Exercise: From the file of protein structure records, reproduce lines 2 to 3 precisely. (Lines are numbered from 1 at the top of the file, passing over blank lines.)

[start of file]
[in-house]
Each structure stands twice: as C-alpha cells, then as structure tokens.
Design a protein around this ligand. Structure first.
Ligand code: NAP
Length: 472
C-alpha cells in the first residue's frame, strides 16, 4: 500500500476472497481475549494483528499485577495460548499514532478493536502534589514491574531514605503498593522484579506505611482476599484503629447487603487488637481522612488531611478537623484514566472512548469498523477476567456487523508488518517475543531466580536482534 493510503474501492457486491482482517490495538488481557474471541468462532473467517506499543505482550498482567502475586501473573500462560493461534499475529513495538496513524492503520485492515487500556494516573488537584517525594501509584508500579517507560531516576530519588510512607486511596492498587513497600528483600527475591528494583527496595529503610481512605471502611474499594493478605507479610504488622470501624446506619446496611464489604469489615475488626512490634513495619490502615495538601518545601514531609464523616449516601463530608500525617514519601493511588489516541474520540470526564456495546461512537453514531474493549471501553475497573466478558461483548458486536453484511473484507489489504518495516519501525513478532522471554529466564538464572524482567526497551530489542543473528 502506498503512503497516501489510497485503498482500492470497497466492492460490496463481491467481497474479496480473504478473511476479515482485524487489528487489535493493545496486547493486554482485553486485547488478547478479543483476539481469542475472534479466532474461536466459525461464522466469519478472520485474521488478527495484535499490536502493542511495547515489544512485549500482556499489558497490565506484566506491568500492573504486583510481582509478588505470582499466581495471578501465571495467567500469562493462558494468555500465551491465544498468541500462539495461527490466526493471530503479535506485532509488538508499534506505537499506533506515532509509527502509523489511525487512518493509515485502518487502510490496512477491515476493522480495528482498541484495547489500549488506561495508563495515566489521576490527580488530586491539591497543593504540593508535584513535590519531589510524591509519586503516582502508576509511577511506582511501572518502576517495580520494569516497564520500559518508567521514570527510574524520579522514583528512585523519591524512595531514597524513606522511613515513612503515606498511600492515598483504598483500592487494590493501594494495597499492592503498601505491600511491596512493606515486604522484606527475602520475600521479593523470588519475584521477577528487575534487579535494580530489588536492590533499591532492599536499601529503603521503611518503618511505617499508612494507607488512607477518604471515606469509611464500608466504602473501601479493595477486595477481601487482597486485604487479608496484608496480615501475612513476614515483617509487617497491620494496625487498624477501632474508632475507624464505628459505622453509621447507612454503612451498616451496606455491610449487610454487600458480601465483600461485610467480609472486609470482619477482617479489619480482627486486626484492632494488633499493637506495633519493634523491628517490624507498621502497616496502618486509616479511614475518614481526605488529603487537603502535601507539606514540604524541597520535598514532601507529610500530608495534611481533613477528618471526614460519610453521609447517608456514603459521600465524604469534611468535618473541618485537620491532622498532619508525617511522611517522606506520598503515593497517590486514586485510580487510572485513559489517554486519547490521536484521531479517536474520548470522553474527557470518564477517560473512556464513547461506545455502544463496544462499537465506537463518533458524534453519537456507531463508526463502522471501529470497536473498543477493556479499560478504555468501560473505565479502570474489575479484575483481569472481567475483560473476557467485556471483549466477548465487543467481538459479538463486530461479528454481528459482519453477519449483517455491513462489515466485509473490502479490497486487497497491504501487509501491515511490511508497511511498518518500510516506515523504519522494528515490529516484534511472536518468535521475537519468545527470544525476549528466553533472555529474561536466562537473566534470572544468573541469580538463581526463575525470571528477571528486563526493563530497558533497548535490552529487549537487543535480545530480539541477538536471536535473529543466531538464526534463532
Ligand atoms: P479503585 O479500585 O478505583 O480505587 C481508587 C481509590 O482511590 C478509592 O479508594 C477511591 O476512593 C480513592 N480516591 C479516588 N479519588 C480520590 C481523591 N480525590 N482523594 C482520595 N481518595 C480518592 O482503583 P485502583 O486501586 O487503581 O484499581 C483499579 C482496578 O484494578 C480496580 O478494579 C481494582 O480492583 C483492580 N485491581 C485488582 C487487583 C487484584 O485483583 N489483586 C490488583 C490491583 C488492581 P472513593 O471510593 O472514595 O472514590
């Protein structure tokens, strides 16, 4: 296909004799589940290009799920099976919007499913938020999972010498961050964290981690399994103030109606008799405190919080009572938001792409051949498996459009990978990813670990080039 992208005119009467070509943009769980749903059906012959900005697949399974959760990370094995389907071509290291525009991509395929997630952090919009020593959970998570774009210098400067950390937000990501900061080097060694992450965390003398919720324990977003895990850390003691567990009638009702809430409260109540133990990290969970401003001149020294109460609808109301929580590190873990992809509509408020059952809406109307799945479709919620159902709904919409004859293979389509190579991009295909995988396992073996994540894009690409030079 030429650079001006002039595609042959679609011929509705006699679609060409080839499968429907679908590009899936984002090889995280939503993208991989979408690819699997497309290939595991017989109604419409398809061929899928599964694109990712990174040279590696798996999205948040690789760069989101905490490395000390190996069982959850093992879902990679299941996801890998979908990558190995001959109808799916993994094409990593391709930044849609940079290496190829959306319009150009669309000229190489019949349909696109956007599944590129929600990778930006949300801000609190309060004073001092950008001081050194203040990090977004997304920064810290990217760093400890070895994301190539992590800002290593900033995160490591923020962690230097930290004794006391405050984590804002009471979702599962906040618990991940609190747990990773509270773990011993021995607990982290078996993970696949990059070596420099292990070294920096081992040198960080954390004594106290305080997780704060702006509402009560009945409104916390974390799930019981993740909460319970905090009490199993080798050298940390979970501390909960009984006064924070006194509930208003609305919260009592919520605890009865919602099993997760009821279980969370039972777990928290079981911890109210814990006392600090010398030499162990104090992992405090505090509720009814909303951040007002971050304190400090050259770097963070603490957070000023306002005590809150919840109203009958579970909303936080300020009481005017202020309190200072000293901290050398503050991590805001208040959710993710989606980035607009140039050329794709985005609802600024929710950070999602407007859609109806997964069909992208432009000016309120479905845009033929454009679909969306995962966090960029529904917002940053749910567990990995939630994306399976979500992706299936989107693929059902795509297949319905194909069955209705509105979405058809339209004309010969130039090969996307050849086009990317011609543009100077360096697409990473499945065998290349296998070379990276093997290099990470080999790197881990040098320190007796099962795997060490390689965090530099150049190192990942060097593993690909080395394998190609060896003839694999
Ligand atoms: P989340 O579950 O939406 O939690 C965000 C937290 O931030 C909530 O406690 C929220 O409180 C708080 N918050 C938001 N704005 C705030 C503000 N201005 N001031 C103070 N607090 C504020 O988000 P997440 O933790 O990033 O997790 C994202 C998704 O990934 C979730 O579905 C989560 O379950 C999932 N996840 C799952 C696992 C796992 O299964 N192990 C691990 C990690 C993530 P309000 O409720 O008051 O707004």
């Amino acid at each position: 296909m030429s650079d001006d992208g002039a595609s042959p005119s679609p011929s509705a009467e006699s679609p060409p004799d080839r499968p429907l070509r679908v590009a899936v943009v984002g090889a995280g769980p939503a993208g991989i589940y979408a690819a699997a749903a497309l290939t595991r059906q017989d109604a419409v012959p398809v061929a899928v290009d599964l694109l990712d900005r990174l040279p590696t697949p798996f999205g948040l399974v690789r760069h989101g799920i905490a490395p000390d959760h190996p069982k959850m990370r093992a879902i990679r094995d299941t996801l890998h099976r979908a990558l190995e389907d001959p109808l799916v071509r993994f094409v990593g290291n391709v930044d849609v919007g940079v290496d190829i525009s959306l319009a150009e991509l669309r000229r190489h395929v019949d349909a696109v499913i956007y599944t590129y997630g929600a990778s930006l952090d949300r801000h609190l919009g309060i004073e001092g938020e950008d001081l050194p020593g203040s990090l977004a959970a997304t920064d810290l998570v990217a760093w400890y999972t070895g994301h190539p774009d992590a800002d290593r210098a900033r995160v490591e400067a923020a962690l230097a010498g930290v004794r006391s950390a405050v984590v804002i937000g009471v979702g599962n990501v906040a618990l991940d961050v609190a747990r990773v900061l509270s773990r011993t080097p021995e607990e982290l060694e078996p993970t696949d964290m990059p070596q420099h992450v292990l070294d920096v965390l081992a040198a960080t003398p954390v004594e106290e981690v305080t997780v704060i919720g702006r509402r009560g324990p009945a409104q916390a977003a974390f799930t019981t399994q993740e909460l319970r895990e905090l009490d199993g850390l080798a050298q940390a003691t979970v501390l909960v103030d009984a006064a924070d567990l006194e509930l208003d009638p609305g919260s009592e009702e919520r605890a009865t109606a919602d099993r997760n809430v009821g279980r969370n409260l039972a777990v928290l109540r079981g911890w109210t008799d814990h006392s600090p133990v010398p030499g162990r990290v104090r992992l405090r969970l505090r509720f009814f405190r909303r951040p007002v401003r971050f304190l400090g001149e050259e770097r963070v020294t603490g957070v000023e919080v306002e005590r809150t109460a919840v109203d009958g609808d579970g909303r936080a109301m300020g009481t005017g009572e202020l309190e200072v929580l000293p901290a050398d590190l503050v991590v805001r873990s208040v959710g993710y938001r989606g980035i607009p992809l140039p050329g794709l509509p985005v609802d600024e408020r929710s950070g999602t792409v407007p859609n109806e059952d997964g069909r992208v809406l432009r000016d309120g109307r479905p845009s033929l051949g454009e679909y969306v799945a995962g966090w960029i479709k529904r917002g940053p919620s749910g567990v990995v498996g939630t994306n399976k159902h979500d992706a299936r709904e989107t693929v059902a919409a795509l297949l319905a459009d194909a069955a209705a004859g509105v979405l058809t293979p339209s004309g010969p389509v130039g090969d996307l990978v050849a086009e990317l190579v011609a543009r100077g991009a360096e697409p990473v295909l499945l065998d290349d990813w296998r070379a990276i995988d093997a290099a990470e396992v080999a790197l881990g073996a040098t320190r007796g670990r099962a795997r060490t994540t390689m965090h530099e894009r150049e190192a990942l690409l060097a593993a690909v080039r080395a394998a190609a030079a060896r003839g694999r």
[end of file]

Each structure stands twice: as C-alpha cells, then as structure tokens.
Design a protein around this ligand. Structure first.